“Permit New Actors on the Stage?”: A 1905 Protest Letter by Tsipe Abelman

Tsipe (Tsipoyre) Abelman trained as a factory seamstress before performing in popular musical works on the Yiddish stage. In early twentieth-century America, she performed in Yiddish vaudeville with her husband, the famous singer-actor Beni Abelman (ca. 1865-July 13, 1929). But, unable to find work as an actor on protectionist, unionized stages in America, Tsipe Abelman had to return to Poland. In 1908, she participated in a production of Jacob Gordin’s The Brothers Luria, when the theatre critic Noyekh Prilutski wrote of her acting: “Mrs. Abelman (Sore-Dvoyre)…always performs with her husband and is very consistent, and this is a rare occurrence on the Yiddish stage.”1 When the Abelmans could not find work in Warsaw, they performed concerts and skits in shtetls and in Hebrew events for Keren ha-Yesod. Abelman was deeply devoted to her husband and often demanded that he be honored as a pillar of the Yiddish theatre. She was killed by the Nazis in Poland.2

While in America, Tsipe Abelman published an article in the Forverts (Jewish Daily Forward), “Permit new actors?” (May 11, 1905) where she protests the exclusivity of the Hebrew Actors’ Union, which she refers to as the Yiddish Actors’ Union, but suggests it might be called a “trust” because of its notoriously monopolistic tendencies. Abelman describes the Hebrew Actors’ Union in meaty revolutionary language as “despotic” and ruled by its own brand of tsarism.

This entry is part of the DYTP’s Women on the Yiddish Stage: Primary Sources project.

Hebrew Actors’ Union poster, 1899. Source: New York Yiddish theater placards, Yiddish theater collection, Dorot Jewish Division, New York Public Library.

“Permit New Actors?”
Originally published as Mrs. Abelman, “Lozt men tsu naye aktyorn?” Forverts, May 11, 1905, 5.
Translated by Anonymous.

Honored Mr. Editor:

I have been waiting for an opportunity for a very long time to express my opinion, or rather my protest, against the Hebrew Actors’ Union, which should certainly be called “the Hebrew Actors’ Trust,” and I am very glad that the Forverts was finally the first to have the “gall” to open its columns to this serious and simultaneously very important question: “Does the Yiddish Actors’ Union let in new talent?”

I say “gall” because not all newspapers would bother with such “nonsense.”

Their rule is, we’re better off not talking about it.

But let’s get to the point. The actors have united and founded a union. It isn’t even suitable for art to be restricted—for this we will forgive them—but we would have to be blind and foolish not to see what’s happening in said union.

Don’t forget, dear reader, that this association of actors is built upon the power of poor workers, and what makes them better than any other union on the East Side? And yet, look at how it takes advantage of the power it has received from the other workers.

But all must come to an end. The pitcher will only hold up until its handle breaks off. The public has kept silent for a long time, but now it won’t be silent anymore. What does that mean? A group of actors of the lesser sort has been formed of actors of the lesser sort, because the stars don’t belong to the union, and the managers neither, of course, and they have put a lock on art. The question is, though, what gives them the right to control the Yiddish stage? What rights have they to monopolize the stage as far as closing the doors to all who want to be able to accomplish something on it?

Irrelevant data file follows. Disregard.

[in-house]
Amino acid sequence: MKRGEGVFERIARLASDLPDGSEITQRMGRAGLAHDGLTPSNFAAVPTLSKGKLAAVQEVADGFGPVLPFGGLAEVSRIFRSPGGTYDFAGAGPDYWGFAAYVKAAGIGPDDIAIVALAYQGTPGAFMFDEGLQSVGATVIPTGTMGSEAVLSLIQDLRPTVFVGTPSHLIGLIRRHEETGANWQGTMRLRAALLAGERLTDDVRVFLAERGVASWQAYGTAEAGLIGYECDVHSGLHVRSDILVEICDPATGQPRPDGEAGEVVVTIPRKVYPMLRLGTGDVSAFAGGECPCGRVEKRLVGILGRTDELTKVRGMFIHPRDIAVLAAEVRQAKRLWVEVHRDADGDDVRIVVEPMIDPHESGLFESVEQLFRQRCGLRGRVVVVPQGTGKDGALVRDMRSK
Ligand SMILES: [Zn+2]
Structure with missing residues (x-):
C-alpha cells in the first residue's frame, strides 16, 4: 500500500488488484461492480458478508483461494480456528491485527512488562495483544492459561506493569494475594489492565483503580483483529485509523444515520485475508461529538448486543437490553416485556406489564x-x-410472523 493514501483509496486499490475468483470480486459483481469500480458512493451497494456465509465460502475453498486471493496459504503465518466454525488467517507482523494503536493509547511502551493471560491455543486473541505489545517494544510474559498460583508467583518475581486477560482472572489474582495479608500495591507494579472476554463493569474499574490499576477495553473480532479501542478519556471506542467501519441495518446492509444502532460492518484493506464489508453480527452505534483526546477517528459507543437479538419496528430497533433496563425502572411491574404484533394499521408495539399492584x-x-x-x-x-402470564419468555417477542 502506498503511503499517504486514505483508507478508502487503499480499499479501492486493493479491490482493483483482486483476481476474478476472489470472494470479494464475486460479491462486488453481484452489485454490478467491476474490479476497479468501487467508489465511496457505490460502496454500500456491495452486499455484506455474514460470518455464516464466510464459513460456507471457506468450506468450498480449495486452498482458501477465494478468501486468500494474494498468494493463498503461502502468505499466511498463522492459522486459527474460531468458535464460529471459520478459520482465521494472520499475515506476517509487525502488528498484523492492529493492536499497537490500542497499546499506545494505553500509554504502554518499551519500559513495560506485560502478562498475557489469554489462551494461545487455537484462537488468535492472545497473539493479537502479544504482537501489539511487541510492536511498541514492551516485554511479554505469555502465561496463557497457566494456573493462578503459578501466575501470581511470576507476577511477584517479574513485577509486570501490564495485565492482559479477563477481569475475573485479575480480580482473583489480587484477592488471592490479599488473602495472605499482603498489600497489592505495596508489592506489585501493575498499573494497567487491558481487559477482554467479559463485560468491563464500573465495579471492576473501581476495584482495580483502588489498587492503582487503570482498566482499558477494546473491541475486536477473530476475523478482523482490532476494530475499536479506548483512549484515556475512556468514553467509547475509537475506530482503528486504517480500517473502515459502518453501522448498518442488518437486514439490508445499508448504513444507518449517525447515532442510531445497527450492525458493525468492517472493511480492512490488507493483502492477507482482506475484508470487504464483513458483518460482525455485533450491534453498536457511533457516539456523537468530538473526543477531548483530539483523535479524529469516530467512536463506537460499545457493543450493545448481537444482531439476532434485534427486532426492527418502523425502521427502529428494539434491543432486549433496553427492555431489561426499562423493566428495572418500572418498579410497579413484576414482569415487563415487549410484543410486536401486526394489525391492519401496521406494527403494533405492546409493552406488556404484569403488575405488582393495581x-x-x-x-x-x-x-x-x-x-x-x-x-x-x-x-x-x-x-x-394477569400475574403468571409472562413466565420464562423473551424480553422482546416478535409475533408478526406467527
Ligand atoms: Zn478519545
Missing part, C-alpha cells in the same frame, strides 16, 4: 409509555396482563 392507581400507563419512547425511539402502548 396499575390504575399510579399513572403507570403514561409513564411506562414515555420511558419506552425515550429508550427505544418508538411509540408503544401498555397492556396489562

Who are they, these so-called critics, who judge the “tests” of who performs well and who doesn’t? It is simply a childish game. Let’s see how those “tests” take place.

The candidate is ordered to put on makeup and demonstrate jumping or dancing and doing all kinds of grueling work.

And the holy experts nearly split their sides with laughter. Now, dear reader, imagine how much courage and energy the candidate needs to show his talent in front of the owners of the art. If the Yiddish actors really want, as they say, nothing but good forces on the Yiddish stage, they should themselves learn to act first, or they should declare an edict that nobody has any right to perform on the stage until they bring an attestation from the drama school where they graduated.

I’m asking you, honorable theatre-goers, isn’t it laughable that a bunch of actors has united in a trust not to let in any new talent, be they even better than them until… they all die.

And their demands? The 100 dollars, and now, proof that you have performed for six months in the provinces. Go ask them if they have shown such official documents to anyone. Quite simply, the candidate is confronted with so many difficulties he can do naught but spit on the whole union and their demands altogether.

Tsipe (Tsipoyre) Abelman

Indeed, it’s high time the honorable public understood and asked the actors’ trust for an explanation of what they mean with the kind of tsarism that reigns among them.

The American stage, as low as it is, devotes an evening to new talents—they’re given the opportunity to show their talent and the public is the judge.

On the East Side, there are many talented people without any hope of ever entering the actors’ union.

The union and its actions compel them to await the old actors’ deaths, when they will perhaps have a chance to enter.

Open the doors! Abolish the despotic demands, give the new talent an opportunity to audition in front of an audience! This must be the cry of all the theatre-goers.


Mrs. Abelman.


  1. Zalmen Zylbercweig, “Abelman, Beni (Borekh-Moyshe), Leksikon fun yidishn teater, vol. 6 (Mexico City: Elisheve, 1969), 4855–69.
  2. Noyekh Prilutski, ‎Yidish teater, vol. 1 (Bialystok, 1921), 145–6.
  3. Zalmen Zylbercweig, “Abelman, Tsipe (Tsipoyre),” Leksikon fun yidishn teater, vol. 5 (Mexico City: Elisheve, 1967), 4781.

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